(AA) – The Hong Kong High Court has ordered the main protest site where democracy demonstrators have blocked roads for more than two months to be cleared and police are expected to take action early Thursday.
A local bus company has obtained the temporary injunction against the street blockades, posting notices of the court orders in local newspapers Tuesday.
Apple Daily reported that police would publicize the date and exact time of the operation before they begin, quoting police sources.
Police were expected to mobilize 3,000 officers for Thursday’s operation, the South China Morning Post newspaper reported, also citing sources.
The territory’s Chief Executive CY Leung said police would use force to clear the encampments in the districts of Admiralty and Causeway Bay.
“In carrying out police operations, including clearance operations and the removal of barricades, minimal force has been used. And I believe it will be the same in future police operations,” he said, according to public broadcaster RTHK.
Protesters, led by student groups, have been calling for free elections in the former British colony.
The demonstrations have been overwhelmingly peaceful, however a minority have taken on a more confrontational approach.
Leung says the protests are illegal and has refused to enter talks on political reform. He has warned protesters against using violence when clearing takes place.
Some relatively unknown groups, however, have called for protesters to use shields and minimal force to resist police action.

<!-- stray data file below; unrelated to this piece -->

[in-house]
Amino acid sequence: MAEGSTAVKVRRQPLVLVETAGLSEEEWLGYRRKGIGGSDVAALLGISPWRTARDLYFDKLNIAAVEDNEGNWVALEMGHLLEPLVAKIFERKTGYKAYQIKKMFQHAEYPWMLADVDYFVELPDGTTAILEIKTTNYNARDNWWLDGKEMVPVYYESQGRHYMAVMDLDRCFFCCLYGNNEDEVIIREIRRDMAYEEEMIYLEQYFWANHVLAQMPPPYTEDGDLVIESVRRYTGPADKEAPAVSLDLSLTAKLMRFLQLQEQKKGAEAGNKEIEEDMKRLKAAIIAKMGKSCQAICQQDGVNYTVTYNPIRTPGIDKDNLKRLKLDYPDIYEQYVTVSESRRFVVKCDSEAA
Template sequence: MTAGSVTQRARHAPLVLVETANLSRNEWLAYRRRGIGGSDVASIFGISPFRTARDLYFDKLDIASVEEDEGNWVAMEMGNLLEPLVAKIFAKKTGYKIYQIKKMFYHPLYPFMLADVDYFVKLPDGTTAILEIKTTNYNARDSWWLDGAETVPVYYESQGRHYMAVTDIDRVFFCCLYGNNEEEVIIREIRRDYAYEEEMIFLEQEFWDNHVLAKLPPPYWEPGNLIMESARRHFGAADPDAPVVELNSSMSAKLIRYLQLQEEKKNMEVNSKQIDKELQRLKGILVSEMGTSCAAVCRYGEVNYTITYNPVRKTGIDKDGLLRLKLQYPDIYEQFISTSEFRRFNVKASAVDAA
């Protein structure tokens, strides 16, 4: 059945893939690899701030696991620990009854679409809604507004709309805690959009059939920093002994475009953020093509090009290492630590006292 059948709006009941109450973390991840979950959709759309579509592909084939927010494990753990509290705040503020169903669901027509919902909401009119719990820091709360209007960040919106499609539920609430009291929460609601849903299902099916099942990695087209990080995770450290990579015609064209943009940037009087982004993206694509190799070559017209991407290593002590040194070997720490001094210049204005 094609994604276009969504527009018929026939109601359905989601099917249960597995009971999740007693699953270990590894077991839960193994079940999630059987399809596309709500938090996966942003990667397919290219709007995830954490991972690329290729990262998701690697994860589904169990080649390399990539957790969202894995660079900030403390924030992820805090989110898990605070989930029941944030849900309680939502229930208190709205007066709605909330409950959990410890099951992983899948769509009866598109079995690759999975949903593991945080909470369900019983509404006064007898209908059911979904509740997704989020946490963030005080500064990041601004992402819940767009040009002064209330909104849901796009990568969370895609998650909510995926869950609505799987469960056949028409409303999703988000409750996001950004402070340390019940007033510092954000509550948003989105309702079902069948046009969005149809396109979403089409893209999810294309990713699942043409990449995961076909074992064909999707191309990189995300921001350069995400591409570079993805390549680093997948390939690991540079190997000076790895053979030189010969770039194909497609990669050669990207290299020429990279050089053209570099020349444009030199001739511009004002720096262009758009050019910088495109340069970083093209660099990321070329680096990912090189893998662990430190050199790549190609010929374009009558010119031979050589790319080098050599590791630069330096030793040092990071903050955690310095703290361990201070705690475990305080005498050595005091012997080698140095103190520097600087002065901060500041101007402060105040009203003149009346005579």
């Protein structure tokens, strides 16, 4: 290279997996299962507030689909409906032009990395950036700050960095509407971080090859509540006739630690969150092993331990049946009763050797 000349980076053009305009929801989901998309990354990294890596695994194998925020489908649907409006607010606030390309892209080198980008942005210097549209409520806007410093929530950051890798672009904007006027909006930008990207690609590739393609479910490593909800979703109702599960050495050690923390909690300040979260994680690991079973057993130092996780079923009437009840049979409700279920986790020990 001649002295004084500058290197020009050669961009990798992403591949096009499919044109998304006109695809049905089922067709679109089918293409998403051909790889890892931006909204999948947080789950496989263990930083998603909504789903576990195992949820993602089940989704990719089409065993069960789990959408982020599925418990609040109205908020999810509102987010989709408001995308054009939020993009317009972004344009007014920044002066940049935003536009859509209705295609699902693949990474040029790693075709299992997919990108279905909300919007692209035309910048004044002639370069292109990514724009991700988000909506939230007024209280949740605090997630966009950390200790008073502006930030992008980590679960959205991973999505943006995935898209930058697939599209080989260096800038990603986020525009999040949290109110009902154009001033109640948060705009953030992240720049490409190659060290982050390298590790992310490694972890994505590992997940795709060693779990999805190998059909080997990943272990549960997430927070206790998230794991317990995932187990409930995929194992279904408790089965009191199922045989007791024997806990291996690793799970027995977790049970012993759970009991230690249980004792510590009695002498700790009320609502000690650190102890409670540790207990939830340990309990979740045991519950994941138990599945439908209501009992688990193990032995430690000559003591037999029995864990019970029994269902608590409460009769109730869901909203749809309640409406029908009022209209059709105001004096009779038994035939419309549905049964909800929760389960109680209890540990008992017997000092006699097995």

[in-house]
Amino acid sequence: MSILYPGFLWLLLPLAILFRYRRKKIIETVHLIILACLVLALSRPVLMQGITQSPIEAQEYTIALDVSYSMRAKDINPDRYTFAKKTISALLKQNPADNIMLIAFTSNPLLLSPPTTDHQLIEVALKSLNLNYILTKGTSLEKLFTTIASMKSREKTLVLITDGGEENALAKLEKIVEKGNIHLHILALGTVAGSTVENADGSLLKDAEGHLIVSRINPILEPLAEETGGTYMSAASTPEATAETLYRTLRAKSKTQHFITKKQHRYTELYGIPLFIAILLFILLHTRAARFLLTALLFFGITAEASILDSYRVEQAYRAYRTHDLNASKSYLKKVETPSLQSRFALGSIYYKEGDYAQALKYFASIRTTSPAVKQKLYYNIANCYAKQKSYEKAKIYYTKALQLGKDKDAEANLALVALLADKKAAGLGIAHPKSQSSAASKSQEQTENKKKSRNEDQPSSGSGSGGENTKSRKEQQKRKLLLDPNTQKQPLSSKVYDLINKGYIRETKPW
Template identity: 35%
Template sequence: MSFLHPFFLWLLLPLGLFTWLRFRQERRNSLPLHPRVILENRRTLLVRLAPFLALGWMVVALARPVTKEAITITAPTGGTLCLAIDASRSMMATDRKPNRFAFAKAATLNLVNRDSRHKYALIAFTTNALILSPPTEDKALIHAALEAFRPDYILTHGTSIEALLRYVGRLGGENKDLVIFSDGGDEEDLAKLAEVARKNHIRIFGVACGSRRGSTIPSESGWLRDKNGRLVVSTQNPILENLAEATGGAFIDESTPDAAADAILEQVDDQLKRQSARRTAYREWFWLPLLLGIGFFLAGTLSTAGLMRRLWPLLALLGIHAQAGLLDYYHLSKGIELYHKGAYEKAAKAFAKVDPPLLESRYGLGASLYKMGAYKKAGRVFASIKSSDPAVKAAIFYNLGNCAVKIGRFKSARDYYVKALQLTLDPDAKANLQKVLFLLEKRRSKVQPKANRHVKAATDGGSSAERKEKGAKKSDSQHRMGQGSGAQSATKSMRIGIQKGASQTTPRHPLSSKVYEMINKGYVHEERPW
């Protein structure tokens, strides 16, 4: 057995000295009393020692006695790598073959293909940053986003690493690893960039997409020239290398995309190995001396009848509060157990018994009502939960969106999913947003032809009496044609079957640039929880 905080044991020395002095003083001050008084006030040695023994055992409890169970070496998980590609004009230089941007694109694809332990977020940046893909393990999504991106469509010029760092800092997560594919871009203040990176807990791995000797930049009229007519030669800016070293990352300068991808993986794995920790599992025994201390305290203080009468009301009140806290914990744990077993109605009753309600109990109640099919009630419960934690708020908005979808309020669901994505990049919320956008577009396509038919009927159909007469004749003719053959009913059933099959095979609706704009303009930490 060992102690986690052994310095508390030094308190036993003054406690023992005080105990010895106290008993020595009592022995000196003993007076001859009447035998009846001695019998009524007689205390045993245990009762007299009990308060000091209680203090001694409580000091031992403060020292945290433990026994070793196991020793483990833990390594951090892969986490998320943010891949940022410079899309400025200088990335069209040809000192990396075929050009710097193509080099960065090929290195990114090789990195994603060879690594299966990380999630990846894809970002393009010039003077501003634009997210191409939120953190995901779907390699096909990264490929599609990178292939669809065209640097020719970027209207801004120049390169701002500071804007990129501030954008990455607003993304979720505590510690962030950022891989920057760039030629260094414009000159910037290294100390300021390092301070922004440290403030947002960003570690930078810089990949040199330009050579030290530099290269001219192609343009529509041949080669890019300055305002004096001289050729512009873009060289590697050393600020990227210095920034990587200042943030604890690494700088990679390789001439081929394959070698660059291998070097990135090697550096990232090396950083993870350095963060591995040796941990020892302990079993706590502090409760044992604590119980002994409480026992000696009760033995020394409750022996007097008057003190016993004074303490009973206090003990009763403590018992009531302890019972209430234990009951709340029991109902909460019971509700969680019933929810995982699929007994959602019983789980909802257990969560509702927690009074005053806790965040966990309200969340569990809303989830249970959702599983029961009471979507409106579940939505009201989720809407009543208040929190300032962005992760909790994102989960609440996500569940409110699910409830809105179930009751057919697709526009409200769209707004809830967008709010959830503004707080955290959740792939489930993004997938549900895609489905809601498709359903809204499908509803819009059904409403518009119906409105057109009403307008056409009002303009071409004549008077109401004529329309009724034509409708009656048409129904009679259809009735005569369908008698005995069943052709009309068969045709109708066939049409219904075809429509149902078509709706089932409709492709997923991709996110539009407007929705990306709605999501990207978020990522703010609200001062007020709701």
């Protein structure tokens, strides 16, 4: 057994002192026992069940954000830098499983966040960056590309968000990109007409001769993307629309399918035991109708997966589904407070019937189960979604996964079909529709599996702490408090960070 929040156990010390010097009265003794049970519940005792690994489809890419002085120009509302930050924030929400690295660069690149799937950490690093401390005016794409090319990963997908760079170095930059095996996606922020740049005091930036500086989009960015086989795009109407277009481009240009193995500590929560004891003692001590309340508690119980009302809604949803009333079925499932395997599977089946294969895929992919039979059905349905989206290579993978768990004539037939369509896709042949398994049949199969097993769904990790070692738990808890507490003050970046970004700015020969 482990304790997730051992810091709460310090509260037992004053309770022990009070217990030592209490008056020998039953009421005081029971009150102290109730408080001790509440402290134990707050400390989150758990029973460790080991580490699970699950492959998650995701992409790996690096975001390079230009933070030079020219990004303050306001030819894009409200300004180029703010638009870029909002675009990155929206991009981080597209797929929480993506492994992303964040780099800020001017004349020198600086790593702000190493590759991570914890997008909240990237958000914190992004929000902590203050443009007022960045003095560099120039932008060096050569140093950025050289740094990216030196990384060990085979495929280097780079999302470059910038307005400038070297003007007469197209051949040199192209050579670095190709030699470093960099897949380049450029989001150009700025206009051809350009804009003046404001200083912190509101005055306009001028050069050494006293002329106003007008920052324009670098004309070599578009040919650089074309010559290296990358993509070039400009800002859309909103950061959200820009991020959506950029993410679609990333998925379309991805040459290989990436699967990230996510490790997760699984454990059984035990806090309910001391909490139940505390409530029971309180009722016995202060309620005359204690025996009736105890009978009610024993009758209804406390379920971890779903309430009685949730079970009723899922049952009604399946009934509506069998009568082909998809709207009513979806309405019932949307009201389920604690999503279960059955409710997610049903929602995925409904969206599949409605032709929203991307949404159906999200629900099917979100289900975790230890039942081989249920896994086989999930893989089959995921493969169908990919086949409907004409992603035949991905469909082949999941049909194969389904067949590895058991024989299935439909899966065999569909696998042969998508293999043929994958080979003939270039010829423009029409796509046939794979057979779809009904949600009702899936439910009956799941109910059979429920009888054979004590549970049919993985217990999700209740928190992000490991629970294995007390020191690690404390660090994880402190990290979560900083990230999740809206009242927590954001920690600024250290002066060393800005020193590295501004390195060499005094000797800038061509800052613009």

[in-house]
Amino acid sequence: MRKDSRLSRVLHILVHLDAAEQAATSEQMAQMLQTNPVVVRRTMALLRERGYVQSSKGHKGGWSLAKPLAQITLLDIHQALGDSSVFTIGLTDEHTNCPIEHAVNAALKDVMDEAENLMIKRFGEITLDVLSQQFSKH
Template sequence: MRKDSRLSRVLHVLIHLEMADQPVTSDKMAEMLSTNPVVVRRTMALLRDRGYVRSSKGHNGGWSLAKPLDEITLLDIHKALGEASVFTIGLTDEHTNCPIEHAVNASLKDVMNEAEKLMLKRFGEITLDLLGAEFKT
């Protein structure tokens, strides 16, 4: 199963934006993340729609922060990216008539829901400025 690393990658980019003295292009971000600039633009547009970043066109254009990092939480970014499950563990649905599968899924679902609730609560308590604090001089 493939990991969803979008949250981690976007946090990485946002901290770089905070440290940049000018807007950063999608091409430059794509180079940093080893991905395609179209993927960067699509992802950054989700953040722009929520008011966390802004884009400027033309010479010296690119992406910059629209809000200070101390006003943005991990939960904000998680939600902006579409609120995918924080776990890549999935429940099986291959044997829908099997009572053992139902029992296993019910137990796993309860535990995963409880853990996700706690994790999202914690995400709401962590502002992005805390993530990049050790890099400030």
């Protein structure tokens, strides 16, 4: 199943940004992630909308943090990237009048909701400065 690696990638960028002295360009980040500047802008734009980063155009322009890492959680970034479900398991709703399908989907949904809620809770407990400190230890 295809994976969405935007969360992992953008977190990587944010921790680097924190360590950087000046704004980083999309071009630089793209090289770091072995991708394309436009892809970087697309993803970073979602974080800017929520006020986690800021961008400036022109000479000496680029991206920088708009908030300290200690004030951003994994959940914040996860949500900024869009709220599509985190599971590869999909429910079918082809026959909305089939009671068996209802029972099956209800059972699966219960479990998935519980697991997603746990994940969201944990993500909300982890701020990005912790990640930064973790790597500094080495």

On Monday, student leader Joshua Wong called on protesters to leave before the police take further action.
Wong has said that even if protesters sat peacefully, police may still use force on them.
Protesters on the ground number around 100 overnight but increase to several times that in the evenings.
At their peak, the rallies have attracted around 100,000. Clashes between protesters and police increased at the end of November after the clearance of protest sites in the working-class district of Mong Kok, on the north side of Hong Kong harbor.
Hong Kong returned to Beijing rule in 1997. Under a “one country, two systems” formula, the city is supposed to maintain some autonomy.
Beijing says it will allow “one man, one vote” suffrage in the 2017 election for the chief executive, but that only candidates it approves of may stand.